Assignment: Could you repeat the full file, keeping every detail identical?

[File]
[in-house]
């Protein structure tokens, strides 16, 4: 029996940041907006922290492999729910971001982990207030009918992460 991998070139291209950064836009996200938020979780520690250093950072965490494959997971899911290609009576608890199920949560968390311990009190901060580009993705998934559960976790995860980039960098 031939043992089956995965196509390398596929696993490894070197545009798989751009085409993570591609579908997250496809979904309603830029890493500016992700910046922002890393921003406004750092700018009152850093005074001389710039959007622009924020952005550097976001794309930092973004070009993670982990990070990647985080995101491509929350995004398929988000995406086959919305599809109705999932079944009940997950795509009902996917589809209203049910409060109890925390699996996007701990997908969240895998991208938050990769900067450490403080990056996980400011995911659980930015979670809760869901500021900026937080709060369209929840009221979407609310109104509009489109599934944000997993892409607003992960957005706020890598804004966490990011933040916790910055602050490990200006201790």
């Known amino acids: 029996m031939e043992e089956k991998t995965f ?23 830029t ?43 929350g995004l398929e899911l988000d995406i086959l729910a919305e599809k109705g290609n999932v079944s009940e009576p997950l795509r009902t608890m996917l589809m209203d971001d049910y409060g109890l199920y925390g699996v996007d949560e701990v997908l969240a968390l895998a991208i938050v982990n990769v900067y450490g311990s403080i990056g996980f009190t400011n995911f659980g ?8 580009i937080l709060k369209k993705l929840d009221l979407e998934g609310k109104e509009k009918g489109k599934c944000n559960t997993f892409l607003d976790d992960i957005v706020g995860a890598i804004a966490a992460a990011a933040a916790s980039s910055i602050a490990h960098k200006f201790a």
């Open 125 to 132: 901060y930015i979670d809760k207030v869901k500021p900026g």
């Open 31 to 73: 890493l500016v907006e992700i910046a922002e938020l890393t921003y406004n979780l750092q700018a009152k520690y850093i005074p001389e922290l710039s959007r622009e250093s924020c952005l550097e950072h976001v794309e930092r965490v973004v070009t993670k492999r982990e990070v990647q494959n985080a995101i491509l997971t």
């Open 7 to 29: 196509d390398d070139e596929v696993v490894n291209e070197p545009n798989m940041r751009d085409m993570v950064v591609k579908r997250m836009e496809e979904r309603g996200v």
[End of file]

[in-house]
């Protein structure tokens, strides 16, 4: 029996940041907006922290492999729910971001982990207030009918992460 991998070139291209950064836009996200938020979780520690250093950072965490494959997971899911290609009576608890199920949560968390311990009190901060580009993705998934559960976790995860980039960098 031939043992089956995965196509390398596929696993490894070197545009798989751009085409993570591609579908997250496809979904309603830029890493500016992700910046922002890393921003406004750092700018009152850093005074001389710039959007622009924020952005550097976001794309930092973004070009993670982990990070990647985080995101491509929350995004398929988000995406086959919305599809109705999932079944009940997950795509009902996917589809209203049910409060109890925390699996996007701990997908969240895998991208938050990769900067450490403080990056996980400011995911659980930015979670809760869901500021900026937080709060369209929840009221979407609310109104509009489109599934944000997993892409607003992960957005706020890598804004966490990011933040916790910055602050490990200006201790």
């Known amino acids: 029996m031939e043992e089956k991998t995965f ?23 830029t ?43 929350g995004l398929e899911l988000d995406i086959l729910a919305e599809k109705g290609n999932v079944s009940e009576p997950l795509r009902t608890m996917l589809m209203d971001d049910y409060g109890l199920y925390g699996v996007d949560e701990v997908l969240a968390l895998a991208i938050v982990n990769v900067y450490g311990s403080i990056g996980f009190t400011n995911f659980g ?8 580009i937080l709060k369209k993705l929840d009221l979407e998934g609310k109104e509009k009918g489109k599934c944000n559960t997993f892409l607003d976790d992960i957005v706020g995860a890598i804004a966490a992460a990011a933040a916790s980039s910055i602050a490990h960098k200006f201790a």
């Open 125 to 132: 901060y930015i979670d809760k207030v869901k500021p900026g």
């Open 31 to 73: 890493l500016v907006e992700i910046a922002e938020l890393t921003y406004n979780l750092q700018a009152k520690y850093i005074p001389e922290l710039s959007r622009e250093s924020c952005l550097e950072h976001v794309e930092r965490v973004v070009t993670k492999r982990e990070v990647q494959n985080a995101i491509l997971t």
């Open 7 to 29: 196509d390398d070139e596929v696993v490894n291209e070197p545009n798989m940041r751009d085409m993570v950064v591609k579908r997250m836009e496809e979904r309603g996200v």